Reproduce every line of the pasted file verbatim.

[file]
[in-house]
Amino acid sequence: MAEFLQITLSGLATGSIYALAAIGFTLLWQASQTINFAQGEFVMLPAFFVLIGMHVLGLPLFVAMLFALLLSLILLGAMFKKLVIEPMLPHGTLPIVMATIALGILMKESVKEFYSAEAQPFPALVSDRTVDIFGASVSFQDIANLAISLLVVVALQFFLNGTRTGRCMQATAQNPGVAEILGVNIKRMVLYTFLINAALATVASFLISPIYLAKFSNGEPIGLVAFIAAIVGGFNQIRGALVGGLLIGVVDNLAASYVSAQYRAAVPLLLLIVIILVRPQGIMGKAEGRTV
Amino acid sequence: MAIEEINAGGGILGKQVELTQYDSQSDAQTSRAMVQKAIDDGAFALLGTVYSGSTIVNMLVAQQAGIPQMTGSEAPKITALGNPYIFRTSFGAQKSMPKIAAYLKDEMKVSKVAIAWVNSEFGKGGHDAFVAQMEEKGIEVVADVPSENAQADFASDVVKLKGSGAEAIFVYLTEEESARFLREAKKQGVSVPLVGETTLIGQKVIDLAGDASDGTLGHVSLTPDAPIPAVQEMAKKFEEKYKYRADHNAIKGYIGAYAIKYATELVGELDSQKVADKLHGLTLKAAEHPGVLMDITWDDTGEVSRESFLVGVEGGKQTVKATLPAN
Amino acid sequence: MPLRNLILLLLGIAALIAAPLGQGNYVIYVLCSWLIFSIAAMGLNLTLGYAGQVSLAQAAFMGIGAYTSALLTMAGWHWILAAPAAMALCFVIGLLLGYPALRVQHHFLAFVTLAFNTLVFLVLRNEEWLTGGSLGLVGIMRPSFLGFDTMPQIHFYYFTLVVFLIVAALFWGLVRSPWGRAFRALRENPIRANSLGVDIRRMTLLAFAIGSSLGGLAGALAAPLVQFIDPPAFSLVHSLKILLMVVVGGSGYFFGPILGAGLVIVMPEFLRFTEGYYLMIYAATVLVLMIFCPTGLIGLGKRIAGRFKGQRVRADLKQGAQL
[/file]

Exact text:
[in-house]
Amino acid sequence: MAEFLQITLSGLATGSIYALAAIGFTLLWQASQTINFAQGEFVMLPAFFVLIGMHVLGLPLFVAMLFALLLSLILLGAMFKKLVIEPMLPHGTLPIVMATIALGILMKESVKEFYSAEAQPFPALVSDRTVDIFGASVSFQDIANLAISLLVVVALQFFLNGTRTGRCMQATAQNPGVAEILGVNIKRMVLYTFLINAALATVASFLISPIYLAKFSNGEPIGLVAFIAAIVGGFNQIRGALVGGLLIGVVDNLAASYVSAQYRAAVPLLLLIVIILVRPQGIMGKAEGRTV
Amino acid sequence: MAIEEINAGGGILGKQVELTQYDSQSDAQTSRAMVQKAIDDGAFALLGTVYSGSTIVNMLVAQQAGIPQMTGSEAPKITALGNPYIFRTSFGAQKSMPKIAAYLKDEMKVSKVAIAWVNSEFGKGGHDAFVAQMEEKGIEVVADVPSENAQADFASDVVKLKGSGAEAIFVYLTEEESARFLREAKKQGVSVPLVGETTLIGQKVIDLAGDASDGTLGHVSLTPDAPIPAVQEMAKKFEEKYKYRADHNAIKGYIGAYAIKYATELVGELDSQKVADKLHGLTLKAAEHPGVLMDITWDDTGEVSRESFLVGVEGGKQTVKATLPAN
Amino acid sequence: MPLRNLILLLLGIAALIAAPLGQGNYVIYVLCSWLIFSIAAMGLNLTLGYAGQVSLAQAAFMGIGAYTSALLTMAGWHWILAAPAAMALCFVIGLLLGYPALRVQHHFLAFVTLAFNTLVFLVLRNEEWLTGGSLGLVGIMRPSFLGFDTMPQIHFYYFTLVVFLIVAALFWGLVRSPWGRAFRALRENPIRANSLGVDIRRMTLLAFAIGSSLGGLAGALAAPLVQFIDPPAFSLVHSLKILLMVVVGGSGYFFGPILGAGLVIVMPEFLRFTEGYYLMIYAATVLVLMIFCPTGLIGLGKRIAGRFKGQRVRADLKQGAQL